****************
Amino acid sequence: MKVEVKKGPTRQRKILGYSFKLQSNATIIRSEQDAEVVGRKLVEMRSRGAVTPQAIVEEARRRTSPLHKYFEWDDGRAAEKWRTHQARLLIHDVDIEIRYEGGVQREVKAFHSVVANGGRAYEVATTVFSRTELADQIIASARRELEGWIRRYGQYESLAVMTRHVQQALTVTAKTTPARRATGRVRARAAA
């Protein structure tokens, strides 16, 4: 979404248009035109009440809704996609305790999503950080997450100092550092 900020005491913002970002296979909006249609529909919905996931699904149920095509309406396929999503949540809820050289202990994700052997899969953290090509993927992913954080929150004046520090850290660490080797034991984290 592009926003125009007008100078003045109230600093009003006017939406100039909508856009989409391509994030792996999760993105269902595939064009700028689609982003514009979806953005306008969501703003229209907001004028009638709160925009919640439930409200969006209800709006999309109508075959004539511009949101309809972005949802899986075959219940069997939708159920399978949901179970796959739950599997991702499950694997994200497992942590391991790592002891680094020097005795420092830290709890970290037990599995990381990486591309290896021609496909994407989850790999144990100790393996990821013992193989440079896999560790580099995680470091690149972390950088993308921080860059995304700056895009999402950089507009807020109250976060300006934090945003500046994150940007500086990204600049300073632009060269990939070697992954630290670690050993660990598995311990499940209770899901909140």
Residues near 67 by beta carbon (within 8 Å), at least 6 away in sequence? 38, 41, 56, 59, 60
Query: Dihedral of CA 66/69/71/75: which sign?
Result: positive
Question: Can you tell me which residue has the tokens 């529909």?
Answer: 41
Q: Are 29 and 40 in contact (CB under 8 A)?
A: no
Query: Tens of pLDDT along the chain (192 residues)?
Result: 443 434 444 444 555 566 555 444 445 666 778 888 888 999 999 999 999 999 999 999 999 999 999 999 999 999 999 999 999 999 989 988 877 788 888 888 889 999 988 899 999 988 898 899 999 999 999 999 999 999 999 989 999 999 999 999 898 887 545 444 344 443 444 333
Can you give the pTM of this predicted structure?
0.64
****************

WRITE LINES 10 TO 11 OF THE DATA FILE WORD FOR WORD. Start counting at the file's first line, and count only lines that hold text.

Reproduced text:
Query: Tens of pLDDT along the chain (192 residues)?
Result: 443 434 444 444 555 566 555 444 445 666 778 888 888 999 999 999 999 999 999 999 999 999 999 999 999 999 999 999 999 999 989 988 877 788 888 888 889 999 988 899 999 988 898 899 999 999 999 999 999 999 999 989 999 999 999 999 898 887 545 444 344 443 444 333